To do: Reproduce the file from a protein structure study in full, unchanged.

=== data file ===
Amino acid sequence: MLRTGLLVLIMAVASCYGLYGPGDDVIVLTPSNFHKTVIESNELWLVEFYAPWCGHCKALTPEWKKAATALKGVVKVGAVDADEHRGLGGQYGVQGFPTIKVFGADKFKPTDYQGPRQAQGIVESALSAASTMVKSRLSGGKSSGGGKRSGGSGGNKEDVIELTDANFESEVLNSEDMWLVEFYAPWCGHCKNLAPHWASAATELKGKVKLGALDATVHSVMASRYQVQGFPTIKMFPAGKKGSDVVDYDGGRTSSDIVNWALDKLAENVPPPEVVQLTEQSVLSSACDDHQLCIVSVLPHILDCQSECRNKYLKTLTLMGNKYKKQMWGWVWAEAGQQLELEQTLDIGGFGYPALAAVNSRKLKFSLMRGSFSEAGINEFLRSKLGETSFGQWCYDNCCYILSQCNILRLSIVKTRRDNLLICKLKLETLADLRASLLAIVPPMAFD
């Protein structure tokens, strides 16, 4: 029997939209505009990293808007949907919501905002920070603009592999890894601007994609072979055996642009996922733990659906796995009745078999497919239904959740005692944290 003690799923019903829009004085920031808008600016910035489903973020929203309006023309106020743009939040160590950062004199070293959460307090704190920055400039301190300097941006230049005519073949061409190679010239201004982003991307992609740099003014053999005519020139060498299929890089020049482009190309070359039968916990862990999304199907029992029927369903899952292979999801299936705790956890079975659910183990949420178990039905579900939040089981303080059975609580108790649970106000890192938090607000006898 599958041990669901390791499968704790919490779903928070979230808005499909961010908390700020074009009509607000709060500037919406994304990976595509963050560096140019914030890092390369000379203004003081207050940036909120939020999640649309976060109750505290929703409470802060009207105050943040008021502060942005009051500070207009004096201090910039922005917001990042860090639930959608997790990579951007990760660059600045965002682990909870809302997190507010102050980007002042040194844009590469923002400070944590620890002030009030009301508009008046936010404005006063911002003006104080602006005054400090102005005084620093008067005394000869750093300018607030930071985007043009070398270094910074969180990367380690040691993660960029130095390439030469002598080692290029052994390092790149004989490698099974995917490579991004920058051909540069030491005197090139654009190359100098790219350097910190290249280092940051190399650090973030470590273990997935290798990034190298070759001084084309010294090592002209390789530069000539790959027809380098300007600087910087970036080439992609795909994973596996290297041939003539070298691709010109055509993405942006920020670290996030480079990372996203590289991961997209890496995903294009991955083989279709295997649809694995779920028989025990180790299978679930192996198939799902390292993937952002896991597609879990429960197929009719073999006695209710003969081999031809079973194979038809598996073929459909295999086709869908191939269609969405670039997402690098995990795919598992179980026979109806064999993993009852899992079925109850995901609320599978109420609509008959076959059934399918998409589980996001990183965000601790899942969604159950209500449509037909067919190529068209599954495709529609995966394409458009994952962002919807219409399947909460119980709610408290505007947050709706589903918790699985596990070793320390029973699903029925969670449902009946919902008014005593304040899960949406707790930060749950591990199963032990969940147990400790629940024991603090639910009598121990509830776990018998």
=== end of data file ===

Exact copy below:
Amino acid sequence: MLRTGLLVLIMAVASCYGLYGPGDDVIVLTPSNFHKTVIESNELWLVEFYAPWCGHCKALTPEWKKAATALKGVVKVGAVDADEHRGLGGQYGVQGFPTIKVFGADKFKPTDYQGPRQAQGIVESALSAASTMVKSRLSGGKSSGGGKRSGGSGGNKEDVIELTDANFESEVLNSEDMWLVEFYAPWCGHCKNLAPHWASAATELKGKVKLGALDATVHSVMASRYQVQGFPTIKMFPAGKKGSDVVDYDGGRTSSDIVNWALDKLAENVPPPEVVQLTEQSVLSSACDDHQLCIVSVLPHILDCQSECRNKYLKTLTLMGNKYKKQMWGWVWAEAGQQLELEQTLDIGGFGYPALAAVNSRKLKFSLMRGSFSEAGINEFLRSKLGETSFGQWCYDNCCYILSQCNILRLSIVKTRRDNLLICKLKLETLADLRASLLAIVPPMAFD
């Protein structure tokens, strides 16, 4: 029997939209505009990293808007949907919501905002920070603009592999890894601007994609072979055996642009996922733990659906796995009745078999497919239904959740005692944290 003690799923019903829009004085920031808008600016910035489903973020929203309006023309106020743009939040160590950062004199070293959460307090704190920055400039301190300097941006230049005519073949061409190679010239201004982003991307992609740099003014053999005519020139060498299929890089020049482009190309070359039968916990862990999304199907029992029927369903899952292979999801299936705790956890079975659910183990949420178990039905579900939040089981303080059975609580108790649970106000890192938090607000006898 599958041990669901390791499968704790919490779903928070979230808005499909961010908390700020074009009509607000709060500037919406994304990976595509963050560096140019914030890092390369000379203004003081207050940036909120939020999640649309976060109750505290929703409470802060009207105050943040008021502060942005009051500070207009004096201090910039922005917001990042860090639930959608997790990579951007990760660059600045965002682990909870809302997190507010102050980007002042040194844009590469923002400070944590620890002030009030009301508009008046936010404005006063911002003006104080602006005054400090102005005084620093008067005394000869750093300018607030930071985007043009070398270094910074969180990367380690040691993660960029130095390439030469002598080692290029052994390092790149004989490698099974995917490579991004920058051909540069030491005197090139654009190359100098790219350097910190290249280092940051190399650090973030470590273990997935290798990034190298070759001084084309010294090592002209390789530069000539790959027809380098300007600087910087970036080439992609795909994973596996290297041939003539070298691709010109055509993405942006920020670290996030480079990372996203590289991961997209890496995903294009991955083989279709295997649809694995779920028989025990180790299978679930192996198939799902390292993937952002896991597609879990429960197929009719073999006695209710003969081999031809079973194979038809598996073929459909295999086709869908191939269609969405670039997402690098995990795919598992179980026979109806064999993993009852899992079925109850995901609320599978109420609509008959076959059934399918998409589980996001990183965000601790899942969604159950209500449509037909067919190529068209599954495709529609995966394409458009994952962002919807219409399947909460119980709610408290505007947050709706589903918790699985596990070793320390029973699903029925969670449902009946919902008014005593304040899960949406707790930060749950591990199963032990969940147990400790629940024991603090639910009598121990509830776990018998």